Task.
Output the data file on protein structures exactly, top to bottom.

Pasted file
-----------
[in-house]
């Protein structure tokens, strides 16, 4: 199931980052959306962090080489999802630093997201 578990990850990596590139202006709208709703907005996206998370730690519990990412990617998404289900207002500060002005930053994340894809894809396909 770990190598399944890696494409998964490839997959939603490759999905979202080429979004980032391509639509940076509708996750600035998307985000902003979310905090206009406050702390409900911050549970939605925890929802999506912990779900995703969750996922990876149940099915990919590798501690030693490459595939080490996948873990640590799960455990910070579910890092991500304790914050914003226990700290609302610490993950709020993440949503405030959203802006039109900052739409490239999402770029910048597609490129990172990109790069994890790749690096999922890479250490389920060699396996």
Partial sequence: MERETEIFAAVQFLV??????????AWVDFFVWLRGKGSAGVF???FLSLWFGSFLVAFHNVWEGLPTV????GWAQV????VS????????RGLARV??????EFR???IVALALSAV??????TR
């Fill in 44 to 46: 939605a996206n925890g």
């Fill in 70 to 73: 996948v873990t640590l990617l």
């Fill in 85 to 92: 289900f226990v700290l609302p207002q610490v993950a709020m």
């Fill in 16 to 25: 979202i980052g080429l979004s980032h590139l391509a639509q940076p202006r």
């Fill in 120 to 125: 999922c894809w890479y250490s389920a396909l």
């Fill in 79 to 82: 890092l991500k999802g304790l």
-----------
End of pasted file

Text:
[in-house]
């Protein structure tokens, strides 16, 4: 199931980052959306962090080489999802630093997201 578990990850990596590139202006709208709703907005996206998370730690519990990412990617998404289900207002500060002005930053994340894809894809396909 770990190598399944890696494409998964490839997959939603490759999905979202080429979004980032391509639509940076509708996750600035998307985000902003979310905090206009406050702390409900911050549970939605925890929802999506912990779900995703969750996922990876149940099915990919590798501690030693490459595939080490996948873990640590799960455990910070579910890092991500304790914050914003226990700290609302610490993950709020993440949503405030959203802006039109900052739409490239999402770029910048597609490129990172990109790069994890790749690096999922890479250490389920060699396996």
Partial sequence: MERETEIFAAVQFLV??????????AWVDFFVWLRGKGSAGVF???FLSLWFGSFLVAFHNVWEGLPTV????GWAQV????VS????????RGLARV??????EFR???IVALALSAV??????TR
């Fill in 44 to 46: 939605a996206n925890g």
């Fill in 70 to 73: 996948v873990t640590l990617l």
């Fill in 85 to 92: 289900f226990v700290l609302p207002q610490v993950a709020m």
């Fill in 16 to 25: 979202i980052g080429l979004s980032h590139l391509a639509q940076p202006r």
């Fill in 120 to 125: 999922c894809w890479y250490s389920a396909l």
């Fill in 79 to 82: 890092l991500k999802g304790l």